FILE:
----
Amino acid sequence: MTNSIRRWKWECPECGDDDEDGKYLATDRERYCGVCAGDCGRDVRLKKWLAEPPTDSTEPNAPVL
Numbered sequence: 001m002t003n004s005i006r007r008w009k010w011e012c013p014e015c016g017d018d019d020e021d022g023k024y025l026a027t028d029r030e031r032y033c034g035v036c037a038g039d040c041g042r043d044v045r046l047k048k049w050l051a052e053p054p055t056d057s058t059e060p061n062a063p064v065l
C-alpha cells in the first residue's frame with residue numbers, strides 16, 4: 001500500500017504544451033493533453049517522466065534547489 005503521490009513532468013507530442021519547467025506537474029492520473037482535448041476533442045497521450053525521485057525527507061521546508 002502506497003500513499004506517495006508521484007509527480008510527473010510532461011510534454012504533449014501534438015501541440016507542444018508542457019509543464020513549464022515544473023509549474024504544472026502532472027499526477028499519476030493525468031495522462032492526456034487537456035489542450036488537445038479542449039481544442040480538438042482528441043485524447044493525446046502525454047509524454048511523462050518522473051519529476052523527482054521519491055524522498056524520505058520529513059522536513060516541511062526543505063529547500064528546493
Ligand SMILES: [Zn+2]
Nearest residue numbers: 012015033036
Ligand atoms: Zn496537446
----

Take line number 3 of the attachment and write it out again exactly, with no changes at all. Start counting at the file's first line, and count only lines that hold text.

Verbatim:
C-alpha cells in the first residue's frame with residue numbers, strides 16, 4: 001500500500017504544451033493533453049517522466065534547489 005503521490009513532468013507530442021519547467025506537474029492520473037482535448041476533442045497521450053525521485057525527507061521546508 002502506497003500513499004506517495006508521484007509527480008510527473010510532461011510534454012504533449014501534438015501541440016507542444018508542457019509543464020513549464022515544473023509549474024504544472026502532472027499526477028499519476030493525468031495522462032492526456034487537456035489542450036488537445038479542449039481544442040480538438042482528441043485524447044493525446046502525454047509524454048511523462050518522473051519529476052523527482054521519491055524522498056524520505058520529513059522536513060516541511062526543505063529547500064528546493